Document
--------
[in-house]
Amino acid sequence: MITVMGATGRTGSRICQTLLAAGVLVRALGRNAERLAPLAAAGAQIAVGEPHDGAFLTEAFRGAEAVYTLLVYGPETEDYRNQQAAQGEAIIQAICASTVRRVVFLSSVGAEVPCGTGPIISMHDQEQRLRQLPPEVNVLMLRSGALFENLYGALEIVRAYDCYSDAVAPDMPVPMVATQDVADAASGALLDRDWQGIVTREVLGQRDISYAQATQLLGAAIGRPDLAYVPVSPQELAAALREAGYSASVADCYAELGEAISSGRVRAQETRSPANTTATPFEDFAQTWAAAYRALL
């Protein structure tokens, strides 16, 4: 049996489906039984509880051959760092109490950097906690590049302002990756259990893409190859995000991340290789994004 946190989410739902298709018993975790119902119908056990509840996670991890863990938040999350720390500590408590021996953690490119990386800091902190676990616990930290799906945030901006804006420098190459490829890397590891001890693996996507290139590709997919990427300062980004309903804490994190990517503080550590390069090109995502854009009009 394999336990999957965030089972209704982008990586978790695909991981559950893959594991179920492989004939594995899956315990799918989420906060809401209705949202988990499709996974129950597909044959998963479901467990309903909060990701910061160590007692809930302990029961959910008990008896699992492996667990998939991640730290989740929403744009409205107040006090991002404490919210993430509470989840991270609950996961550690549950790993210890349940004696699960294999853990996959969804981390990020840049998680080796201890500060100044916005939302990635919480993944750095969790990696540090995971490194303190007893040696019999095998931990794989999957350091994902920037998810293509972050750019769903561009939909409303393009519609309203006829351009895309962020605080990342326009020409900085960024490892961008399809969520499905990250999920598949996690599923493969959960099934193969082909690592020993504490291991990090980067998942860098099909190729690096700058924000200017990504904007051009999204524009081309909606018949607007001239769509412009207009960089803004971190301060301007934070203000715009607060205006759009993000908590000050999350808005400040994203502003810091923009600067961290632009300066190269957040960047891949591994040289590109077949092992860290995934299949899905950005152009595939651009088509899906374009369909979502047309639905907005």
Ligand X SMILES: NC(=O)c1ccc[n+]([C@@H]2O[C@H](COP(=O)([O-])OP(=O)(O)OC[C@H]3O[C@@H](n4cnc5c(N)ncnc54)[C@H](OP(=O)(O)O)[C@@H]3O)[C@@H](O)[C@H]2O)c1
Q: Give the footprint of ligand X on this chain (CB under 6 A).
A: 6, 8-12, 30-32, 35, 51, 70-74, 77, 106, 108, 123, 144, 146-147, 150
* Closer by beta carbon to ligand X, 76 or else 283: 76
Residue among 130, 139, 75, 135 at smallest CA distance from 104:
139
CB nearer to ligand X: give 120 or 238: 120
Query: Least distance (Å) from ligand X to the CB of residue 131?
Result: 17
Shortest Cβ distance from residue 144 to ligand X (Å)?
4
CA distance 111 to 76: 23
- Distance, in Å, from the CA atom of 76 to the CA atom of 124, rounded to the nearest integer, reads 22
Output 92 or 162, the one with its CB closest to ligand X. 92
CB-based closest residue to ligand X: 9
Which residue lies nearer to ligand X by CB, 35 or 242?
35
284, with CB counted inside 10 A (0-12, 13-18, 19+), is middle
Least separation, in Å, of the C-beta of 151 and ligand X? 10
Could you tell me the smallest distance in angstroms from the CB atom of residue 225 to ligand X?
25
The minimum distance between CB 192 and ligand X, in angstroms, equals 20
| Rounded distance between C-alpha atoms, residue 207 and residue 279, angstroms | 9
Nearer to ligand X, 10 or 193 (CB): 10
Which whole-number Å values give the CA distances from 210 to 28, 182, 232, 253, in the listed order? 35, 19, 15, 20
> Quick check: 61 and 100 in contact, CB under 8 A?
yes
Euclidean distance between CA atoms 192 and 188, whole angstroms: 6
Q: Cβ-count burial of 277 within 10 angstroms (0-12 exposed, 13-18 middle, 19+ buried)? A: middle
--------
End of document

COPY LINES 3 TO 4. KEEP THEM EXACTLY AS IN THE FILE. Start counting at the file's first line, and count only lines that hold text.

């Protein structure tokens, strides 16, 4: 049996489906039984509880051959760092109490950097906690590049302002990756259990893409190859995000991340290789994004 946190989410739902298709018993975790119902119908056990509840996670991890863990938040999350720390500590408590021996953690490119990386800091902190676990616990930290799906945030901006804006420098190459490829890397590891001890693996996507290139590709997919990427300062980004309903804490994190990517503080550590390069090109995502854009009009 394999336990999957965030089972209704982008990586978790695909991981559950893959594991179920492989004939594995899956315990799918989420906060809401209705949202988990499709996974129950597909044959998963479901467990309903909060990701910061160590007692809930302990029961959910008990008896699992492996667990998939991640730290989740929403744009409205107040006090991002404490919210993430509470989840991270609950996961550690549950790993210890349940004696699960294999853990996959969804981390990020840049998680080796201890500060100044916005939302990635919480993944750095969790990696540090995971490194303190007893040696019999095998931990794989999957350091994902920037998810293509972050750019769903561009939909409303393009519609309203006829351009895309962020605080990342326009020409900085960024490892961008399809969520499905990250999920598949996690599923493969959960099934193969082909690592020993504490291991990090980067998942860098099909190729690096700058924000200017990504904007051009999204524009081309909606018949607007001239769509412009207009960089803004971190301060301007934070203000715009607060205006759009993000908590000050999350808005400040994203502003810091923009600067961290632009300066190269957040960047891949591994040289590109077949092992860290995934299949899905950005152009595939651009088509899906374009369909979502047309639905907005």
Ligand X SMILES: NC(=O)c1ccc[n+]([C@@H]2O[C@H](COP(=O)([O-])OP(=O)(O)OC[C@H]3O[C@@H](n4cnc5c(N)ncnc54)[C@H](OP(=O)(O)O)[C@@H]3O)[C@@H](O)[C@H]2O)c1